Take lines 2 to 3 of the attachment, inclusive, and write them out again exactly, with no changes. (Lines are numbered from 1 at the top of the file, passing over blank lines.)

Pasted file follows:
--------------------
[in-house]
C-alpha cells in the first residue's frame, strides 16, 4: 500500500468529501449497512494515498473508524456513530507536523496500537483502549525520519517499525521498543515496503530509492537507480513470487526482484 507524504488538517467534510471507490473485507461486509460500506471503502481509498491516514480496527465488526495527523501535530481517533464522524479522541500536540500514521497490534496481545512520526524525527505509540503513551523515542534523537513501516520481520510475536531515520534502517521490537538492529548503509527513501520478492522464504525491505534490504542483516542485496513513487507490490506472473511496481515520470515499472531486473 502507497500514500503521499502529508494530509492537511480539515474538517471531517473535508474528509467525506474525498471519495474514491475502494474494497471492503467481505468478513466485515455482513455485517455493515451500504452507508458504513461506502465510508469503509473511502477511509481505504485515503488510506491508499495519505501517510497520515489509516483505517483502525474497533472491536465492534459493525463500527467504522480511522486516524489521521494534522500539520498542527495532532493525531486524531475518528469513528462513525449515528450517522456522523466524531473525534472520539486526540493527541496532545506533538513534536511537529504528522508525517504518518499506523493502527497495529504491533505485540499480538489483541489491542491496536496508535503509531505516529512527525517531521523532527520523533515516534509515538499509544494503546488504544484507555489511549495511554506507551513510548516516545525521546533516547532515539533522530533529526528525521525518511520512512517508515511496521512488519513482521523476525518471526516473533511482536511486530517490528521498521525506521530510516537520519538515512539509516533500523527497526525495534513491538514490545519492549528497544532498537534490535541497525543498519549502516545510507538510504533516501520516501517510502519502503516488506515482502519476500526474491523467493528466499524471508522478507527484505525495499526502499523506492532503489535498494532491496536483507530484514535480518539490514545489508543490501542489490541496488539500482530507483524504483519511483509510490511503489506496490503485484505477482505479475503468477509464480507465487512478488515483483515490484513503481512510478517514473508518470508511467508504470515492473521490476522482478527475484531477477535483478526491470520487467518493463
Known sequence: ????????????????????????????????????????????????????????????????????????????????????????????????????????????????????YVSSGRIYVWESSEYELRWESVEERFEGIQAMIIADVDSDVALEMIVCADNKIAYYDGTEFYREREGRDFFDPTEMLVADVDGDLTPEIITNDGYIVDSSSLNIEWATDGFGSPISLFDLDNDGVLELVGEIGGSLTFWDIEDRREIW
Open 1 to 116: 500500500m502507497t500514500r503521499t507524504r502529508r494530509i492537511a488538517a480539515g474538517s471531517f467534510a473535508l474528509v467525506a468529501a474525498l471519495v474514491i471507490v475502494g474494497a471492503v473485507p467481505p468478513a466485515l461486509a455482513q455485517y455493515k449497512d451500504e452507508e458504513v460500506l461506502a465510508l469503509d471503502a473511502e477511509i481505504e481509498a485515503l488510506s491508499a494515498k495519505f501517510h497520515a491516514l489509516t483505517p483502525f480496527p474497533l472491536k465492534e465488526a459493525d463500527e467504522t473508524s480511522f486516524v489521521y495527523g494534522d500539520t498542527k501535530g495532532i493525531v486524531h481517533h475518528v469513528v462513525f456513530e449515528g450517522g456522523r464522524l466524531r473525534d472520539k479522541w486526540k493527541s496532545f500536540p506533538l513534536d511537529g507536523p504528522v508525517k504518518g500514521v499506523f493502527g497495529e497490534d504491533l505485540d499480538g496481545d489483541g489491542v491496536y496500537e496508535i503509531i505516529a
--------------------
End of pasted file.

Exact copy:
C-alpha cells in the first residue's frame, strides 16, 4: 500500500468529501449497512494515498473508524456513530507536523496500537483502549525520519517499525521498543515496503530509492537507480513470487526482484 507524504488538517467534510471507490473485507461486509460500506471503502481509498491516514480496527465488526495527523501535530481517533464522524479522541500536540500514521497490534496481545512520526524525527505509540503513551523515542534523537513501516520481520510475536531515520534502517521490537538492529548503509527513501520478492522464504525491505534490504542483516542485496513513487507490490506472473511496481515520470515499472531486473 502507497500514500503521499502529508494530509492537511480539515474538517471531517473535508474528509467525506474525498471519495474514491475502494474494497471492503467481505468478513466485515455482513455485517455493515451500504452507508458504513461506502465510508469503509473511502477511509481505504485515503488510506491508499495519505501517510497520515489509516483505517483502525474497533472491536465492534459493525463500527467504522480511522486516524489521521494534522500539520498542527495532532493525531486524531475518528469513528462513525449515528450517522456522523466524531473525534472520539486526540493527541496532545506533538513534536511537529504528522508525517504518518499506523493502527497495529504491533505485540499480538489483541489491542491496536496508535503509531505516529512527525517531521523532527520523533515516534509515538499509544494503546488504544484507555489511549495511554506507551513510548516516545525521546533516547532515539533522530533529526528525521525518511520512512517508515511496521512488519513482521523476525518471526516473533511482536511486530517490528521498521525506521530510516537520519538515512539509516533500523527497526525495534513491538514490545519492549528497544532498537534490535541497525543498519549502516545510507538510504533516501520516501517510502519502503516488506515482502519476500526474491523467493528466499524471508522478507527484505525495499526502499523506492532503489535498494532491496536483507530484514535480518539490514545489508543490501542489490541496488539500482530507483524504483519511483509510490511503489506496490503485484505477482505479475503468477509464480507465487512478488515483483515490484513503481512510478517514473508518470508511467508504470515492473521490476522482478527475484531477477535483478526491470520487467518493463
Known sequence: ????????????????????????????????????????????????????????????????????????????????????????????????????????????????????YVSSGRIYVWESSEYELRWESVEERFEGIQAMIIADVDSDVALEMIVCADNKIAYYDGTEFYREREGRDFFDPTEMLVADVDGDLTPEIITNDGYIVDSSSLNIEWATDGFGSPISLFDLDNDGVLELVGEIGGSLTFWDIEDRREIW